Without a doubt the private consortium recently awarded the concession to rebuild and operate New York–LaGuardia’s Central Terminal Building owe JFK International Air Terminal (JFKIAT) a huge debt.
For if it wasn’t for the overwhelming success of its operation of Terminal 4 at John F Kennedy International Airport (JFK) it is doubtful whether the Port Authority of New York and New Jersey (PANYNJ) would have elected to put the future development of such a key facility at LaGuardia in the hands of private investors.
Terminal 4 is the only non-airline, privately operated terminal at JFK and was the first public-private partnership (PPP) or P3 projects of its kind at a US airport when PANYNJ awarded JFKIAT the contract to transform the former International Arrivals Building into a new state-of-the art facility.
JFKIAT – then comprising a consortium made up of the Schiphol Group (40%), LCOR (40%) and Lehman Brothers (20%) although now it is 100% owned by Schiphol USA – initially invested $1.4 billion on creating Terminal 4, which opened for business in May, 2001.
The company – operating under the terms of a 42-year lease after which time the terminal and everything on its site returns to the ownership of PANYNJ – has since overseen a $1 billion, two-phase expansion and renovation programme.
Phase one of the upgrade, completed in 2013, added nine wide-body gates for Delta Air Lines, a new inline baggage system, a centralised passenger security checkpoint, an expanded Customs and Immigration facility, a new domestic baggage claim and a host of new and exciting food & beverage and shopping options.
Phase 2, completed early last year, added 11 regional jet gates for Delta Air Lines that has allowed Terminal 4 to accommodate a number of new services and as a result, passenger numbers are soaring. Indeed, a record 19.5 million passengers used the now 36-gate terminal in 2015, and de Graaff, who points out that Delta paid for the 11 new regional jet (RJ) gates in Concourse B, predicts that over 20 million will pass through the terminal this year.
He says: “The two big factors behind the upturn in traffic are the opening of the 11 new gates that has allowed Delta to move its regional operation from Terminal 2 and the growth of international traffic.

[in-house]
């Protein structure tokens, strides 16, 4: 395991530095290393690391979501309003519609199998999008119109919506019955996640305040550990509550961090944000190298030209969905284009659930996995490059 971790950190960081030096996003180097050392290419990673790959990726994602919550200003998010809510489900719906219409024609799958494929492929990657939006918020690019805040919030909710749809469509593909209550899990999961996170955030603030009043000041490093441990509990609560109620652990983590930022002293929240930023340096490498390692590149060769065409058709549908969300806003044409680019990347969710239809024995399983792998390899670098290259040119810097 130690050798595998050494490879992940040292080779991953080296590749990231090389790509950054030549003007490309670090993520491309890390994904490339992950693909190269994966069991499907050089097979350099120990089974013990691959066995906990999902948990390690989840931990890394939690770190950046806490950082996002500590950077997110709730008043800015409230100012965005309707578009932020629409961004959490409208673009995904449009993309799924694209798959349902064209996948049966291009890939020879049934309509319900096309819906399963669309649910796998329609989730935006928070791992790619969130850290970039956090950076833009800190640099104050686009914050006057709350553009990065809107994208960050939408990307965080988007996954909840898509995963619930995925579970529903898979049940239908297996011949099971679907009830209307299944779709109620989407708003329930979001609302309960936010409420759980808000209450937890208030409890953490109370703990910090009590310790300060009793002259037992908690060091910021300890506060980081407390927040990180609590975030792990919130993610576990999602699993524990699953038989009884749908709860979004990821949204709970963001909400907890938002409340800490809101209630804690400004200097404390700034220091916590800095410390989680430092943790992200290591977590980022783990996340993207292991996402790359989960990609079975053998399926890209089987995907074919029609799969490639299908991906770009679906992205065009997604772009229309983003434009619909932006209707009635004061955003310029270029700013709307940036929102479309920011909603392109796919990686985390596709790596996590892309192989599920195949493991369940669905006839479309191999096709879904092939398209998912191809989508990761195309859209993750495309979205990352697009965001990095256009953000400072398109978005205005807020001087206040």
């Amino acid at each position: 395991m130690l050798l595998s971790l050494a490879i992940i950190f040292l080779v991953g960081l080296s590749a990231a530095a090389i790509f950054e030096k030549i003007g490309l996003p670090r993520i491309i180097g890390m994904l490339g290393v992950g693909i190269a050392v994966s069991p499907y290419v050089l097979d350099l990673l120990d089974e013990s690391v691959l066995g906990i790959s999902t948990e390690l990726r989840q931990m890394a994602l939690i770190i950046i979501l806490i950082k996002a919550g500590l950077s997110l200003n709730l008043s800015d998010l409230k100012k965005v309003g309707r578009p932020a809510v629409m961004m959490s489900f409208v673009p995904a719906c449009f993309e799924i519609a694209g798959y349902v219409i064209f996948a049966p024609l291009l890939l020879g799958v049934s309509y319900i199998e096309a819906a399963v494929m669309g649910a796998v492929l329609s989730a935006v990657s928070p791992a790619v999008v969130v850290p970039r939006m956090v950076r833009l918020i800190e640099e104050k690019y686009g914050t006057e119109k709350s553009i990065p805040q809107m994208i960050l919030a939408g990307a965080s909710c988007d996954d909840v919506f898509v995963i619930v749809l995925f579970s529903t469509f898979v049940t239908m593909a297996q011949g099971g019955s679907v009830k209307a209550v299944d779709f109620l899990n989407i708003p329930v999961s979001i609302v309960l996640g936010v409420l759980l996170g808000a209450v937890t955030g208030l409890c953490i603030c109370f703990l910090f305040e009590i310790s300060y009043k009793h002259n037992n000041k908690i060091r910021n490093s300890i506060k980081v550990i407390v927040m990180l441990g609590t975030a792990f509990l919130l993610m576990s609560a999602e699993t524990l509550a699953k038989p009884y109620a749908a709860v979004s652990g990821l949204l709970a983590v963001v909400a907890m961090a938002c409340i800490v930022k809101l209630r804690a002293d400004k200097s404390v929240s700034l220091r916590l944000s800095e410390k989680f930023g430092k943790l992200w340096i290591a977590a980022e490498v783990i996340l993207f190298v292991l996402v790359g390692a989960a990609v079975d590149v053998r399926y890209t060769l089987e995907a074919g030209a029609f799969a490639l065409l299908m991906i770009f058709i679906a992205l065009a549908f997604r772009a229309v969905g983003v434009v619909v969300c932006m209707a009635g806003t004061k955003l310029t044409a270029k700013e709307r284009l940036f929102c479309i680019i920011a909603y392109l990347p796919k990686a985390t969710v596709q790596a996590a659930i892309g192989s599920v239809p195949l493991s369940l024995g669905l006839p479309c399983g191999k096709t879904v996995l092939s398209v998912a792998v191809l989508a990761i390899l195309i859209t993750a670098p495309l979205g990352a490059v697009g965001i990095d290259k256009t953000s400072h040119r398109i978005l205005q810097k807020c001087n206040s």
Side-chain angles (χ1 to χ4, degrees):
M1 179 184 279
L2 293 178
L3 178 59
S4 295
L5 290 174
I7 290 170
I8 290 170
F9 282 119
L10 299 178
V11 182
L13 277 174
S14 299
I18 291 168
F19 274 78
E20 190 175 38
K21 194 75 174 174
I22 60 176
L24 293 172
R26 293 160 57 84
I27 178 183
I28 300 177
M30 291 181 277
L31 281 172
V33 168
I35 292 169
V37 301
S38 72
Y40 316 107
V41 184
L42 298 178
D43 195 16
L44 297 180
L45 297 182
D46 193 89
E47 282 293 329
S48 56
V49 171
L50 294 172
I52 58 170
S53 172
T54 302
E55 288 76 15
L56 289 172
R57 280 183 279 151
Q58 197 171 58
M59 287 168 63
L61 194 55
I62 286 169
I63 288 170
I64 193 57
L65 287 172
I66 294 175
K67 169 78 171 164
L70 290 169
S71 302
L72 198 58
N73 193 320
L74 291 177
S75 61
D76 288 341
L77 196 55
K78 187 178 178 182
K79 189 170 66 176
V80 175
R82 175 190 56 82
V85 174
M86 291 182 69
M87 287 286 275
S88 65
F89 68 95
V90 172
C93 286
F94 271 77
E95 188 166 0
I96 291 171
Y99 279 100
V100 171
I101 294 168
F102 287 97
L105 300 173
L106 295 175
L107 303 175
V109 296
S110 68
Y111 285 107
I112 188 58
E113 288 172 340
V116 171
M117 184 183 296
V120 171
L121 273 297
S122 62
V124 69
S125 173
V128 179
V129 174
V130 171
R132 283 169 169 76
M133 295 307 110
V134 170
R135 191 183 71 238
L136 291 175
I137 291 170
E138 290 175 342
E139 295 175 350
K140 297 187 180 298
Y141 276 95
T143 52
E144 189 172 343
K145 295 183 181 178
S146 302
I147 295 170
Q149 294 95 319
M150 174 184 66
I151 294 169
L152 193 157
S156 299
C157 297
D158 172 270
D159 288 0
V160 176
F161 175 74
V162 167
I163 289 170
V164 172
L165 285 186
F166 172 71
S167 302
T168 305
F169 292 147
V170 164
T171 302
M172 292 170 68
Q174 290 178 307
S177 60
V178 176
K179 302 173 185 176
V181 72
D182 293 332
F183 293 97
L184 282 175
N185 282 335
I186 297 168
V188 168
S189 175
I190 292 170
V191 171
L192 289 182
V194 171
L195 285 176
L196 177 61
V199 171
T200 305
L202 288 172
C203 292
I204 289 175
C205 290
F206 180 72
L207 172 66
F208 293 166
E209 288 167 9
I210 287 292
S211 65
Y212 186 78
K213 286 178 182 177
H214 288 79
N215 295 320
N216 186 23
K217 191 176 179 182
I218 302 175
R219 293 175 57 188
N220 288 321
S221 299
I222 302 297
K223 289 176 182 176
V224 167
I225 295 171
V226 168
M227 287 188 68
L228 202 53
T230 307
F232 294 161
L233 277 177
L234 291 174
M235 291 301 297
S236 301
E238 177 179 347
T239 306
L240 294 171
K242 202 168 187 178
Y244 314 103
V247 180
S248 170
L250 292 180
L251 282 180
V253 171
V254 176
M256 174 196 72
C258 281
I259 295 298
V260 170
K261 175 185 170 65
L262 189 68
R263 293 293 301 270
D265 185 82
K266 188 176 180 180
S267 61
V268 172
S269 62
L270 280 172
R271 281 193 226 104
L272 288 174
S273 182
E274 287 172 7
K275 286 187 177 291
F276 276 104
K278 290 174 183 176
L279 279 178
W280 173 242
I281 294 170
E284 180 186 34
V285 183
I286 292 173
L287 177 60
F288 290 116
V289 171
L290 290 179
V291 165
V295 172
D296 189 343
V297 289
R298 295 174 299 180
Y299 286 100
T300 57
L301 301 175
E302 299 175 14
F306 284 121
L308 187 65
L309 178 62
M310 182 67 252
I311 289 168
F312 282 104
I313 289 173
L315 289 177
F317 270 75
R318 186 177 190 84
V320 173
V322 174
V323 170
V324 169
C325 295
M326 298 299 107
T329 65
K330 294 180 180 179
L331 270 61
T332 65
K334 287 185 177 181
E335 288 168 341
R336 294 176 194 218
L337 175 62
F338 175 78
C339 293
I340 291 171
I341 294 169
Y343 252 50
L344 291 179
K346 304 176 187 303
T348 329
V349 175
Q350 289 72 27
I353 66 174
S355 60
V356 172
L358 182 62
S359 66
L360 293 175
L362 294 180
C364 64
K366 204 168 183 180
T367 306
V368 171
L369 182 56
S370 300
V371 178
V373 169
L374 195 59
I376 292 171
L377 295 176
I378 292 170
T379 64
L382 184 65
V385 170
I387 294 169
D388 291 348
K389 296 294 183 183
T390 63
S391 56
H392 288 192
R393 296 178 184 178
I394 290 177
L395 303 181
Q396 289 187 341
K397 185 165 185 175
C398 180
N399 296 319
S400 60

“A lot of our international carriers are growing, either by increasing frequencies or upgauging aircraft on existing routes or launching new services.”
New arrivals include Air Serbia, Thomas Cook and Westjet while he notes that seven A380s currently serve T4 operated by a combination of Asiana, Etihad, Emirates and Singapore Airlines.
Delta accounts for just over half of Terminal 4’s passengers with Emirates, Caribbean Airlines, Virgin Atlantic and Virgin America completing the top five of its 32 airline customers today.
Gert-Jan de Graaff has no doubt that JFKIAT’s track record since T4’s opening persuaded PANYNJ to try and replicate the success of the project at LaGuardia.
“We were the first P3 project in the US and I believe that it is a model that the Port Authority likes because it is now going down the same road at LaGuardia with Terminal B,” he enthuses.
“The model provides the best of both world’s because instead of giving up total control of a key asset it is entrusting it to a dedicated, fully committed and focused private operator determined to get the best out of the business with an eye on passengers and improving the passenger experience.
“I am 100% convinced that the Port Authority decided to go for a P3 project to develop LaGuardia because of our success with Terminal 4. It has had a good experience. It likes how we conduct our business, co-operate with them and have continually rising airline and passenger satisfaction scores every year.”
With more than 70,000 passengers passing through T4’s doors on a daily basis, it is already the busiest of JFK’s six terminals, accounting for more than a third of its yearly traffic.
Funding for its investments has primarily come from revenue bonds issued by the PANYNJ, which has effectively acted as a guarantor for the projects without taking on any of the financial risk.
“In essence all the investments in T4 are made by JFKIAT and this will continue to be the case until we hand the facility back to the Port Authority in 2043,” says de Graaff.
Until then as part of the concession agreement JFKIAT will pay PANYNJ ground rent for Terminal 4 and what de Graaff calls a “significant” part of its annual profits.
Passenger enhancing facilities